Canadian Nursing Informatics Association

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  • Reducing Nursing Electronic Health Record Alert Fatigue: A Quality Improvement Project

Reducing Nursing Electronic Health Record Alert Fatigue: A Quality Improvement Project

  • 25 Jan 2024
  • 2:00 PM - 3:00 PM
  • zoom link will be provided. Note all times in Eastern Time. Please adjust time to your time zone.


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Background: The rapid deployment of technology enabled care has led to the unintended consequence of alert/alarm fatigue and desensitization, which poses risk of health care providers missing alerts that require immediate action to improve patient outcomes. Alert fatigue occurs when: 1) clinicians are exposed to multiple alerts and alarms, and do not have the time to process which alerts are relevant and 2) when most alerts clinicians are exposed to are false or irrelevant to their specific workflow.  Among the alerts and alarms that clinicians are exposed to, about 80-90% have been identified as of not requiring any clinical action by the user.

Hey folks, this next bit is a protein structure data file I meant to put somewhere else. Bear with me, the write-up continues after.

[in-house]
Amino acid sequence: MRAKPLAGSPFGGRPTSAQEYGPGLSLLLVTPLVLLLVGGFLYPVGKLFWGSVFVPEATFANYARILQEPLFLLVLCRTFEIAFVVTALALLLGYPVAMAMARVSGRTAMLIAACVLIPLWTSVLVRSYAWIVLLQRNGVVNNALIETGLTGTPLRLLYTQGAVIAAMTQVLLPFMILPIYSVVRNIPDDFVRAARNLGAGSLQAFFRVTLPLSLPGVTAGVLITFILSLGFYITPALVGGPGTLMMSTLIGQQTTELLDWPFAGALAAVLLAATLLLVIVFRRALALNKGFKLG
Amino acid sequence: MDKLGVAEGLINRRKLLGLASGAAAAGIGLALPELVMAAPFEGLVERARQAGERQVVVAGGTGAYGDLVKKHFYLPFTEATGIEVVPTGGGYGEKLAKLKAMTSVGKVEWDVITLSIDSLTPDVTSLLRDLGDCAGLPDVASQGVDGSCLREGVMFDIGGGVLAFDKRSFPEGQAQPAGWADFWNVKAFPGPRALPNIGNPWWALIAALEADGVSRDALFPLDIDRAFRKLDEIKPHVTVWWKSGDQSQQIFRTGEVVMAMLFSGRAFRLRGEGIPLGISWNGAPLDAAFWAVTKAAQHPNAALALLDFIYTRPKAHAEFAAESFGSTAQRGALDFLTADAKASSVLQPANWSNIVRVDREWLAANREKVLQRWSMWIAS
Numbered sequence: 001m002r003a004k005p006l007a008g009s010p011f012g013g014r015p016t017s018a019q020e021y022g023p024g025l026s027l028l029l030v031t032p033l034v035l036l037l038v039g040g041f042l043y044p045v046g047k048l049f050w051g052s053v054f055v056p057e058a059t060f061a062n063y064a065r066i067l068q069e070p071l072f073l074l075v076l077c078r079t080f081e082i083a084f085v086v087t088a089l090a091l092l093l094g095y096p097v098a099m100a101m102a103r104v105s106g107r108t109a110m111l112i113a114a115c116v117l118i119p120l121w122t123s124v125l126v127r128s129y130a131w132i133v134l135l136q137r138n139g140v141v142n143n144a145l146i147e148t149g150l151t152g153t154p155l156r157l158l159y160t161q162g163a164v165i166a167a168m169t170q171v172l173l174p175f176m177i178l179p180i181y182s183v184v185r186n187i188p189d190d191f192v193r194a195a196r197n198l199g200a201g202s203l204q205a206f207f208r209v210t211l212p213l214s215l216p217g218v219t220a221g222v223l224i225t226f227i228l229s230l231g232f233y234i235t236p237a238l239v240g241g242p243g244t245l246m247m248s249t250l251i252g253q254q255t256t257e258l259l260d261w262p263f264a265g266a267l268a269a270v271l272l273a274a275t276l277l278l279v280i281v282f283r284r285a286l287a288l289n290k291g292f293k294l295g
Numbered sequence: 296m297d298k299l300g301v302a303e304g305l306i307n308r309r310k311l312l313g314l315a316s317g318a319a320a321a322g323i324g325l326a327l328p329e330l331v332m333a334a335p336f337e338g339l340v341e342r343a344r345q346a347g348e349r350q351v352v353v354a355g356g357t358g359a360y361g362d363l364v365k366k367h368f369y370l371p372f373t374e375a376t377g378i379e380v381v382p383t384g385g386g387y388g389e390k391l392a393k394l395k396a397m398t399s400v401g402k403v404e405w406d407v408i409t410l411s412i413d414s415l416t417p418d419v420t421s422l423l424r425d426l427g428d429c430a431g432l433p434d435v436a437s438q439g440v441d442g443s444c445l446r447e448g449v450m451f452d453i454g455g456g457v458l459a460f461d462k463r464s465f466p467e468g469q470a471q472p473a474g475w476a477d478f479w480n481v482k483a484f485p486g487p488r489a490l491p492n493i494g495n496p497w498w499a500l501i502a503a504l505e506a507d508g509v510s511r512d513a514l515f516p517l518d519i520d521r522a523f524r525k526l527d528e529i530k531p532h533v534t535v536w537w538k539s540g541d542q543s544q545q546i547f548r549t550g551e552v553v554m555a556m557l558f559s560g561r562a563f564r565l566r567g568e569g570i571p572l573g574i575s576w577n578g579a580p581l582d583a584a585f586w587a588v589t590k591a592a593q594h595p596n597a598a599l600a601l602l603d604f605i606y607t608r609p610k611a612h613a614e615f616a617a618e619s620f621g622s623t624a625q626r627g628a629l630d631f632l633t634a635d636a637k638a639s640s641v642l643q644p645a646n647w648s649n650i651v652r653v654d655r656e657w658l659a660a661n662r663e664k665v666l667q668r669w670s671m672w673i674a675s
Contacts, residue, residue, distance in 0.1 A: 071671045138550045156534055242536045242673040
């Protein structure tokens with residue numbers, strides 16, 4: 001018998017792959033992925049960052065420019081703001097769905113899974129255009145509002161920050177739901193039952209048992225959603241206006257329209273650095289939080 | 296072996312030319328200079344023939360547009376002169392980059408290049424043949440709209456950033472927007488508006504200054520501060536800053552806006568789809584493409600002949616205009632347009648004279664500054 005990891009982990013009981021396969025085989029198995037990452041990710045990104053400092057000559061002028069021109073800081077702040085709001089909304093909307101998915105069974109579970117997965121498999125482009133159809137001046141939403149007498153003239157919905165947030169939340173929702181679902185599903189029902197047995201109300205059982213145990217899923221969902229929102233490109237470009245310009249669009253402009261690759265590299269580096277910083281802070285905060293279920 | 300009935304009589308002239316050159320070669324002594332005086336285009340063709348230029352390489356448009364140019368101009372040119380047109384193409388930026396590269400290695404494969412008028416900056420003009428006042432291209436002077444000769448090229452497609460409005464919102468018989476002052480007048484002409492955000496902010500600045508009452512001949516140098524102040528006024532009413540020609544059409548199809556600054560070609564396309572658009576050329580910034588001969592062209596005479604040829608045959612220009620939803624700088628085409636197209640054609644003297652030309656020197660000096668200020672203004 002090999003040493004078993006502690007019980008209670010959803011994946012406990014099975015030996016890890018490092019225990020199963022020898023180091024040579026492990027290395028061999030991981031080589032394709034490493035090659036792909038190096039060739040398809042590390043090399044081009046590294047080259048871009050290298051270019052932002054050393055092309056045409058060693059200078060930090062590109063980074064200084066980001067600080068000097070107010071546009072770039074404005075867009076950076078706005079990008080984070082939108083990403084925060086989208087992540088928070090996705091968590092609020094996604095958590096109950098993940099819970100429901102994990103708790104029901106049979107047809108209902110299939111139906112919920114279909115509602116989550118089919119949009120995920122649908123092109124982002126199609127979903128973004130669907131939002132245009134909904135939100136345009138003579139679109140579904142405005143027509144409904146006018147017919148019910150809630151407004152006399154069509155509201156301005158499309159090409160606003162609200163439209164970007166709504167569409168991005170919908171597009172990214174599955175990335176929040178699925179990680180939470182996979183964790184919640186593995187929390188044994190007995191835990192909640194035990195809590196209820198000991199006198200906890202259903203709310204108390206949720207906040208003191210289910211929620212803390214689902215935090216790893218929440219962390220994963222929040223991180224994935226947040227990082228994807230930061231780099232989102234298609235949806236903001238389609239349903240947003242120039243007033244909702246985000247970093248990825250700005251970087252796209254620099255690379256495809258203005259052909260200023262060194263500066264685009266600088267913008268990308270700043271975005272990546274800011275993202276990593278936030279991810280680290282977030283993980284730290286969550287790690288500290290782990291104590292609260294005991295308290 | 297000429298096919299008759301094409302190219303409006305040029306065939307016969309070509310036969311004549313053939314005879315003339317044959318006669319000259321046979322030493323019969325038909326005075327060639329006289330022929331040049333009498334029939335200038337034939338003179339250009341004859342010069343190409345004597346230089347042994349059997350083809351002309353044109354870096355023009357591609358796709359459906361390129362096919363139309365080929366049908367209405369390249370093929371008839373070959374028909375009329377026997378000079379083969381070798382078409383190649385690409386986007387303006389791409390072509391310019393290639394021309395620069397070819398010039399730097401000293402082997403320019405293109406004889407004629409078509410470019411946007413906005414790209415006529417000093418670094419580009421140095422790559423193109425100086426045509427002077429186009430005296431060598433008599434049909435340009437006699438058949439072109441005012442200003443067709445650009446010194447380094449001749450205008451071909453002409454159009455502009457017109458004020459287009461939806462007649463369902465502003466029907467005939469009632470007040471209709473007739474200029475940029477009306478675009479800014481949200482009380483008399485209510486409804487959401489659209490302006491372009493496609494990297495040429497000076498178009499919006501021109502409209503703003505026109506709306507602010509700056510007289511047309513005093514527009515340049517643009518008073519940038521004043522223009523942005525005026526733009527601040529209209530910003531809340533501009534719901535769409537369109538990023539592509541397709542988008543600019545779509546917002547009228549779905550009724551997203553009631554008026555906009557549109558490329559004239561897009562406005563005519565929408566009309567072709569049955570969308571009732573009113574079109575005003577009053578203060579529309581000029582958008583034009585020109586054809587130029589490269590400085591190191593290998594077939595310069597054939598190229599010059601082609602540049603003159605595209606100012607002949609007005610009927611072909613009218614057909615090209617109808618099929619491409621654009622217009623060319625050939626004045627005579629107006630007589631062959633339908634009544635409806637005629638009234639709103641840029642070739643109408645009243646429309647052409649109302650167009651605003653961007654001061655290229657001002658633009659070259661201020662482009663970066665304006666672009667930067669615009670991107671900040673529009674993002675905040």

Objective: This quality improvement project focused on reducing alert fatigue through removal and redesign of unactionable high firing disruptive electronic health record alerts. 

Methods:  The top 4 high firing alerts were identified through the BPA tune up report. Empathy mapping sessions and review of user feedback was used to capture users' behaviours and attitudes on the identified alerts. 

Redesign Intervention: Re-designing of the top 4 disruptive high firing low yield BPAs was guided by user research results, clinical decision support tool design principles, and expected nursing practices and behaviours. All 4 disruptive BPAs did not require an immediate action from the nurse when it appeared in the electronic health record in their workflow. Recommended design changes were reviewed and approved through the organizations nursing practice councils and clinical decisions support committees.  

Results:  Four disruptive alerts were removed from the electronic health record system which released 877 unactionable nursing hours a year. Future work will focus on to strengthening the use of alert design principles to continue to monitor and respond to alert fatigue and ensure new electronic health record alert request meet clinical needs without contributing to unactionable disruptive time to care. 

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